We had them laser cut out of titanium. I don't remember which alloy/grade. Ti has really shitty thermal conductivity for a metal, so placing the tiny shim between the rotor and the hub acted like a tiny little insulator, keeping the hub cooler.

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5 hours ago, Batman Connect said:

Me too ... I have a 2012 that is currently having the 4th replacement in just over a year.  The dealer said they have to be pressed in just right or will go out right away.  I’m willing to let the dealer try it but pep boys won’t give me my money back and admit defeat - they would rather keep doing it over and over again.  Ugh

 

That's not right. I replaced a front wheel bearing maybe twice in 10 years/190K miles.

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19 hours ago, Batman Connect said:

In the shop right now for set #4

Even if the bearings are too small and don't last , 4 sets in a year sounds like an installation issue.

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20 hours ago, G B L said:

4 sets in a year sounds like an installation issue

 

 

Or aftermarket parts which aren't very well made.  When I was a kid, my dad always went to Grand Auto & Scherba's because they sold parts for less than dealership prices, and offered the lifetime warranty.  A lifetime warranty on a cheap aftermarket auto part.  

 

 

 

   Auto parts stores used to offer "lifetime warranty" on all sorts of parts......water pumps, alternators, universal joints, drive shafts.........Not because O'Reilly's or Auto Zone sells superior auto parts.  Their parts are terrible compared to OEM parts.  Most people don't own old cars long enough for those parts to fail again, and again, to take advantage of the warranty.  If you replace a water pump at 200,000 miles after 20 years, you probably won't own that car for another 5 years or drive it another 50,000 miles.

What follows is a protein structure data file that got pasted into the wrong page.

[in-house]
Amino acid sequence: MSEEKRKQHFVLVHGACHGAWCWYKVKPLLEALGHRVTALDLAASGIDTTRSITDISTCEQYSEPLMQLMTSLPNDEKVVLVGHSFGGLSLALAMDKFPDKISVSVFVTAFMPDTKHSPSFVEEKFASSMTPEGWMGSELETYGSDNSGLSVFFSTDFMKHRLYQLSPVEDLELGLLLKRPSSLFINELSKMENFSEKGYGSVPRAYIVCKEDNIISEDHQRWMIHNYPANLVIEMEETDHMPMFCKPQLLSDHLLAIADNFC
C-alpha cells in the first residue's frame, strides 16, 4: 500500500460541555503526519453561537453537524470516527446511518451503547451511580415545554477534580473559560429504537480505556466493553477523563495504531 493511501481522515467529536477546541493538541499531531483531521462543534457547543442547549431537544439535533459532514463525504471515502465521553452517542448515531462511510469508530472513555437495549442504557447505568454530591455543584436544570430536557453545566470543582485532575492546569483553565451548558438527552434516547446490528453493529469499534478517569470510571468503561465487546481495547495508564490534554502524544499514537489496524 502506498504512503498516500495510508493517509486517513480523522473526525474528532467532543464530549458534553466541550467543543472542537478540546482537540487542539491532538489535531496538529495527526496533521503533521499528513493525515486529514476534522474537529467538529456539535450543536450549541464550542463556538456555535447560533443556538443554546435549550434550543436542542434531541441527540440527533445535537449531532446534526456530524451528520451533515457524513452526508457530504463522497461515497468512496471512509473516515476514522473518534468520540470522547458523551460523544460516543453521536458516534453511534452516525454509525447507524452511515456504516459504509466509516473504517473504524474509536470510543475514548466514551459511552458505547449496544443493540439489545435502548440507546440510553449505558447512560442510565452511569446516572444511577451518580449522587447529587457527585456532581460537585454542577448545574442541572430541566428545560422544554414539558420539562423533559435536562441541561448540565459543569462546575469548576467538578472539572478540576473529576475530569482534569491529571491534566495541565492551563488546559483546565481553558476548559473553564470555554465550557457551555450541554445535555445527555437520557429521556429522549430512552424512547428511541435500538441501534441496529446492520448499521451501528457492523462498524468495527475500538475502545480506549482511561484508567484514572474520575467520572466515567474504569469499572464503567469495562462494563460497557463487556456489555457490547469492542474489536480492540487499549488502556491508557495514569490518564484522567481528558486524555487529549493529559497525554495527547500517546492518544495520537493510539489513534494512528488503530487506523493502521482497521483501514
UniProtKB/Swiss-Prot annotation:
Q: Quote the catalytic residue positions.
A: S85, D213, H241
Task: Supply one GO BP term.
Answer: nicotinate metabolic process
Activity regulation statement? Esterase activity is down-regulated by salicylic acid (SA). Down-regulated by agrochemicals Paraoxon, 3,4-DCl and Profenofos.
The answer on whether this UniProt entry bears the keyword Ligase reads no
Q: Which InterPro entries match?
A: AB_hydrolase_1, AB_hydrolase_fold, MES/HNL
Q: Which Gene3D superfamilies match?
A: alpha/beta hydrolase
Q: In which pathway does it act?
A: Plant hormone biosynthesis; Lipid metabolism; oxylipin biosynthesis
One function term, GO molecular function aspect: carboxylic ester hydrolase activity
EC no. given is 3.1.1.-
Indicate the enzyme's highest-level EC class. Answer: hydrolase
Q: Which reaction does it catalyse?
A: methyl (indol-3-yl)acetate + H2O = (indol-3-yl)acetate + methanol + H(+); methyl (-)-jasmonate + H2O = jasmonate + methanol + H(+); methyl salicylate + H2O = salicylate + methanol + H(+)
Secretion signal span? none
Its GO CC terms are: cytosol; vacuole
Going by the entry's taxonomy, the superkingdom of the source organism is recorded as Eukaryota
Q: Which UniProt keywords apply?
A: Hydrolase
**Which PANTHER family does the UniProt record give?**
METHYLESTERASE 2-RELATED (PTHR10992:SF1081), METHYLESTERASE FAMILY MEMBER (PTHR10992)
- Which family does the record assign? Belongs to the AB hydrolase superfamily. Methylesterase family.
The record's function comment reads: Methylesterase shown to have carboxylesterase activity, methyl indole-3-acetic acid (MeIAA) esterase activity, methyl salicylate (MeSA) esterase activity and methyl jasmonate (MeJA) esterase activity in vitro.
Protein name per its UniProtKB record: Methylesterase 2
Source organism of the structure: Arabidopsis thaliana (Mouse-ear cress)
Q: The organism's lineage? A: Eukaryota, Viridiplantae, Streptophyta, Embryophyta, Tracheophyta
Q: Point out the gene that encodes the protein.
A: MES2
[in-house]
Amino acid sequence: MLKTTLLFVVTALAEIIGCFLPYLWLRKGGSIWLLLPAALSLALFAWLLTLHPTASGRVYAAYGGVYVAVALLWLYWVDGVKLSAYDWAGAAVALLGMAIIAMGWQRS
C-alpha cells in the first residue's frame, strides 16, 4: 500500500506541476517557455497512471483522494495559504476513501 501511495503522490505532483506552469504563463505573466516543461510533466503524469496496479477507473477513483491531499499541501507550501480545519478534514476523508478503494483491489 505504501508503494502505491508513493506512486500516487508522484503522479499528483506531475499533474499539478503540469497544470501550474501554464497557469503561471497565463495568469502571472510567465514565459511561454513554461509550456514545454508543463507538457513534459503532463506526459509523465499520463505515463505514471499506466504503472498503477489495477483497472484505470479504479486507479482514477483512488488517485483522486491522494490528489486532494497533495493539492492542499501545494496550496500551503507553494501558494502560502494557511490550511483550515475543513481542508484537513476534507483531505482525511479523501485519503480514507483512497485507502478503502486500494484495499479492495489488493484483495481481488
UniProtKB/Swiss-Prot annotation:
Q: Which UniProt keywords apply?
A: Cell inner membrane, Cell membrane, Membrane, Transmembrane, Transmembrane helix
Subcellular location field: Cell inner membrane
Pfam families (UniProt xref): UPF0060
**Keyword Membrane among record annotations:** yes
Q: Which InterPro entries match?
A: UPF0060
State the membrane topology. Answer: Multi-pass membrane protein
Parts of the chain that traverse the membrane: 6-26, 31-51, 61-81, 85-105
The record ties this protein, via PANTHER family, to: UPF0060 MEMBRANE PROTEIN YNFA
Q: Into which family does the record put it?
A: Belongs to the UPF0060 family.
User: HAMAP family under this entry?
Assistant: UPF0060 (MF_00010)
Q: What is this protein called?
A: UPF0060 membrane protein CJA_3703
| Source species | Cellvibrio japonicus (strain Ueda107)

Does Pep Boys install OEM parts?

 

 

 

 

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4 hours ago, Fifty150 said:

Or aftermarket parts which aren't very well made

That is more likely to be true on a more complicated parts.  That wheel bearing is a simple product that is made in a big factory by equipment that has been automated for over 75 years. There are quality issues for sure, but 4 sets in a year ?

The one issue that the video addresses but then ignores is torquing the axle shaft nut. when the tec uses an impact wrench on the nut even to run the new nut on is not good. 

If the bearing is loose or too tight the bearing will self destruct quickly, especially if run at full load.

 

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11 hours ago, G B L said:

quality issues for sure, but 4 sets in a year

 

11 hours ago, G B L said:

torquing the axle shaft nut

 

 

On my truck, there is a similar part called an "axle spindle nut".  The factory torque spec is 295 ft lbs.  Stamped right on the part is "do not re-use".  

 

17874-01143655-1094198.jpg

 

People re-use them.  People do not install with the proper torque spec.  The wheel bearings go out.  But in the case of the truck, it is also rumored that it was bad engineering.  Some say that the truck's weight is just too much for the little bearings.  Some say that the OEM sourced bearings are poor quality, and that you can get better quality from aftermarket companies Centric and Powerstop.  On this particular model, the bearing is built into the brake rotor - as a 1 piece assembled unit.  The bearings always go out way before the rotor warps or the brake pads wear down.  When the truck was still under warranty for the 1st 5 years, the dealership replaced the OEM Ford Motorcraft brake rotors and pads 3 times - after technicians confirmed brake noise and less than desired stopping performance.  After the warranty, I installed Power Stop brakes.  They lasted longer, and stopped better.  But the bearings also gave out before the pads wore down and/or the rotors wearing beyond useable.  

 

As I look around, I don't see a lot of aftermarket performance parts for the Transit Connect.  Has anyone found aftermarket front end components which are suppose to be an upgrade?

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11 hours ago, Fifty150 said:

But the bearings also gave out before the pads wore down and/or the rotors wearing beyond useable.   

I can fix that move here and the brakes will turn to junk faster so it can all turn to crap together.

As for the performance parts you are right  not  much interest.

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In snow states, the entire underbody turns to crap together.